RACHEL MARTIN, HOST:
Brace yourself. We're going to talk about political polling in this presidential race. Now, stay with me because the point is we're not going to just rattle off a bunch of numbers that may or may not mean anything. There is no doubt, though, that the polls in this contest are tightening. So we thought it would be a good time to bring in NPR's Domenico Montanaro to explain to us how we can start to put all of it into context.
DOMENICO MONTANARO, BYLINE: Hello, Rachel.
MARTIN: What's happening out there? Things appeared to have - I mean, actually, substantively changed between the short time period of August and September.
MONTANARO: Yes, there's no question about it. I mean, Hillary Clinton had held a broad, shallow but consistent lead, I kept saying, in every battleground state a month ago. But that's really faded. I mean - you know, it's - and it's hard to say why. You know, it's hard to connect news events to polls sometimes. And I don't think Donald Trump had a particularly great month. There were a lot of people who've been looking at the Clinton health scare. There are some polls that show that there was some concern from voters that she wasn't being transparent enough or wasn't forthcoming enough. It seems unlikely to me that that'll last if, you know, Clinton performs well and vigorously on the campaign trail and in the debates.
You know, there's another big mathematical reason for this - and we talk about this sometimes. But the switch from registered voter models to - wait for it - likely voter models (laughter). You know, this is one of those things that can introduce a whole lot more volatility because likely voter models are trying to predict the electorate based on things like enthusiasm and past voting history...
MONTANARO: ...As opposed to being a snapshot in time.
MARTIN: But it can't just be the model, can it?
MONTANARO: No, not completely. I mean, it is responsible for probably most of it. But what affects these models is enthusiasm, like I noted. And you've seen a decline among Democrats and some of these groups that really should be going toward Hillary Clinton in bigger numbers. Maybe they grew complacent over the past months seeing her with a consistent lead. But there are worrying signs for Clinton.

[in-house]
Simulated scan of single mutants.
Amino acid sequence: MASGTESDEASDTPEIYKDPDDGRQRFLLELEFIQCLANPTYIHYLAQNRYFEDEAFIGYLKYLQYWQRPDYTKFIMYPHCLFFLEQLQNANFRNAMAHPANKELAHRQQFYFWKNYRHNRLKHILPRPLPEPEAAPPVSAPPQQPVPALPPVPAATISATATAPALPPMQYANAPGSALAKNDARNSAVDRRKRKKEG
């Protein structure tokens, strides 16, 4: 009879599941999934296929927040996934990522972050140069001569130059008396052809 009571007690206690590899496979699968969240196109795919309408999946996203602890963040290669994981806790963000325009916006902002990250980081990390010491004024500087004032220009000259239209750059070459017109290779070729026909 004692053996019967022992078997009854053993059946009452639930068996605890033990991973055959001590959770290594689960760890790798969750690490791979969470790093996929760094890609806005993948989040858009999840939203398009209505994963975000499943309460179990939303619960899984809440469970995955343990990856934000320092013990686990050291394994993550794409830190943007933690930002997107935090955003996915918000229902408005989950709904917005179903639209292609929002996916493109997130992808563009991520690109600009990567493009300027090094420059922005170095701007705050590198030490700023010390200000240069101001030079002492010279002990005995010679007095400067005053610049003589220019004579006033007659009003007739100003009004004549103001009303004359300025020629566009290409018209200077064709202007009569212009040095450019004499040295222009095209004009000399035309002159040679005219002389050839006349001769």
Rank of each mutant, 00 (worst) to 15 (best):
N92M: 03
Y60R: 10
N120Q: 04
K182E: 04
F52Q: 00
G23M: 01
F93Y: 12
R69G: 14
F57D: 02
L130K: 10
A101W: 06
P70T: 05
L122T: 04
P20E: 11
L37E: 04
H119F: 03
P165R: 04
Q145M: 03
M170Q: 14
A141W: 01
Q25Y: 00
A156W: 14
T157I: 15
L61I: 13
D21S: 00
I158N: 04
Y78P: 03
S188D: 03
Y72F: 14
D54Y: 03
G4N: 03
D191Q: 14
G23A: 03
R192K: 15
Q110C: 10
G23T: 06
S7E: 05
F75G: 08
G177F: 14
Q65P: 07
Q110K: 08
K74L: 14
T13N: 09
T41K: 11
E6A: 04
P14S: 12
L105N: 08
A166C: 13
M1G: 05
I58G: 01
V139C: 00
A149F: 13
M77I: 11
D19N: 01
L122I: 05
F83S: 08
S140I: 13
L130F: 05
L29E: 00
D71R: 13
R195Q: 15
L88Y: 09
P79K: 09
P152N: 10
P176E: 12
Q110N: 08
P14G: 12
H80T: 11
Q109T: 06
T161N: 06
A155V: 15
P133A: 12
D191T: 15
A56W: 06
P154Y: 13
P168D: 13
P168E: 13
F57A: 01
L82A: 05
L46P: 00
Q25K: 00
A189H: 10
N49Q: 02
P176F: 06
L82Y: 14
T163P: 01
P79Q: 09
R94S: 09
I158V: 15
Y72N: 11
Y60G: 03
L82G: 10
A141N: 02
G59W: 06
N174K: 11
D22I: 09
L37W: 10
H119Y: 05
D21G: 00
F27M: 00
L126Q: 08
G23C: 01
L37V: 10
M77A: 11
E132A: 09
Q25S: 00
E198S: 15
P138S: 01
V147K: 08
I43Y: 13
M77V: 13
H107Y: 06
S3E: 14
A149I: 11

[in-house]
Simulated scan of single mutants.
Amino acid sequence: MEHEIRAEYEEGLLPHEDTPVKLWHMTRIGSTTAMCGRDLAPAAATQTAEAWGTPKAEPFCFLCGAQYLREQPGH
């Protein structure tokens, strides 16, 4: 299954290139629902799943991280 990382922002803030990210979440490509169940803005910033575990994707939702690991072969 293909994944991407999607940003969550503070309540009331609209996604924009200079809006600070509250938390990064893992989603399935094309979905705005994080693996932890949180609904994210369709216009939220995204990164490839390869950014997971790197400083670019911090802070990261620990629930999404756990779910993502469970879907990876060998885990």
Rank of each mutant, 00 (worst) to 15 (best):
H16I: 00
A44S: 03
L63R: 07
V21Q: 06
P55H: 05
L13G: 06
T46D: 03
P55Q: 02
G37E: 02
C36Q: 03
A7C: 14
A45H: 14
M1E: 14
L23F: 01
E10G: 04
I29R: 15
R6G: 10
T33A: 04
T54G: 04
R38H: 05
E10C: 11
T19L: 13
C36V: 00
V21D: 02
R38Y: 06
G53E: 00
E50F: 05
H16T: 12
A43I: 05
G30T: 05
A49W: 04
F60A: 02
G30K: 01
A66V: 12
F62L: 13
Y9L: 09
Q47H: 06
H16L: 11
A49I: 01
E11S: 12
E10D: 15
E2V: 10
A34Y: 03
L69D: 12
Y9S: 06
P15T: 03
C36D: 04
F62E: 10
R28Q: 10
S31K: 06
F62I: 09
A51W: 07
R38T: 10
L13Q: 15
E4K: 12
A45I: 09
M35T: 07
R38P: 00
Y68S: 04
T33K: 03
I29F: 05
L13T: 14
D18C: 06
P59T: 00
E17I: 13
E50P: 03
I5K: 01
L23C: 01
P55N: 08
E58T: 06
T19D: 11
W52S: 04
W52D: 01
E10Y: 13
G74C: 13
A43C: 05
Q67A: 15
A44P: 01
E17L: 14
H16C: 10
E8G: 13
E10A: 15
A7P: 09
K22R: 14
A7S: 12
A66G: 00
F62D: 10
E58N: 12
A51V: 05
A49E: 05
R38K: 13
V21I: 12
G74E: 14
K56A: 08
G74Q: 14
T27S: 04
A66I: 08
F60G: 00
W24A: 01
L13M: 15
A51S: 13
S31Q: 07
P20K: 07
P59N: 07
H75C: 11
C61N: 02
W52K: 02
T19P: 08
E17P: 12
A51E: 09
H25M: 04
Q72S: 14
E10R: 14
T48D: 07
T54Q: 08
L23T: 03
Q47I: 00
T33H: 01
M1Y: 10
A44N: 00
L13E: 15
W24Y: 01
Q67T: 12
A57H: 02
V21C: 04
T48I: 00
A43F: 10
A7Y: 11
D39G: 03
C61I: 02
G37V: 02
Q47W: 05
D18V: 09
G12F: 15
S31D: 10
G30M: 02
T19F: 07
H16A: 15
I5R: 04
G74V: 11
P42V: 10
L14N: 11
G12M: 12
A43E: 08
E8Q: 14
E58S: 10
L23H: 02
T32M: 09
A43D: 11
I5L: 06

Despite Obama, for example, being at 50 percent approval rating or more. That coalition - his coalition does not appear fired up for her, and she's underperforming them with voters - especially young blacks, Latinos, women - in key places like Nevada. And getting that base out's going to be key for her.
MARTIN: What about other key battleground states - how's that playing out there?
MONTANARO: Well, it certainly made things tighter. At least a dozen battleground states have gotten closer. Clinton still has a slight edge overall. But Trump has drawn even or pulled ahead, looking at the average of the polls, in some eye-popping places, like Florida, Ohio, Nevada and Iowa.
MARTIN: It seems, though, that I keep hearing people say Hillary Clinton, when it comes, though, to the Electoral College, the map is still in her favor. You've said that - no?
MONTANARO: Absolutely. I mean, I tend to say that Republicans have a narrower path, and it's true. And the road is still very narrow. That path is narrow. I mean, a month ago, you could say Donald Trump had, like, a road closed sign (laughter) in front of him. Now, though, it's opened up a bit. You know - I mean, like I said, he's tied or ahead in places like Florida, Ohio, Iowa and Nevada. Suppose you give him those - that's not enough. So where else would he go?
You know, he's also behind by margin of error or slightly, you know, essentially tied in the polls in North Carolina and New Hampshire. Give those to him - guess what happens - it's a tie.
MONTANARO: That would just extend this already-too-long, contentious election.
MARTIN: So - go ahead. Go ahead. Finish your thought.
MONTANARO: No. And - I'll just say there's this one electoral vote in Maine, where right now Trump is ahead. And if he wins there, he'd win 271-268.
MARTIN: So what are we to do in the next few weeks as these polls are, no doubt, going to continue? How do we internalize them?
MONTANARO: Well, I always say it's really important to look at the trends. That's the most important way to look at polls, not one poll to the next. I think we might be at an inflection point in this campaign. I wonder if this is Trump's high-water mark and the waters recede. Or does he make more inroads in places like Michigan or Pennsylvania, where the polls have tightened but Clinton's still ahead? Do Democrats up their enthusiasm and urgency? Do younger voters move more toward her or not? And like I said, always most important to look at those trends overall.
MARTIN: NPR's Domenico Montanaro sorting it all out for us. Thanks so much, Domenico.
MONTANARO: You're welcome.
MARTIN: At least trying.
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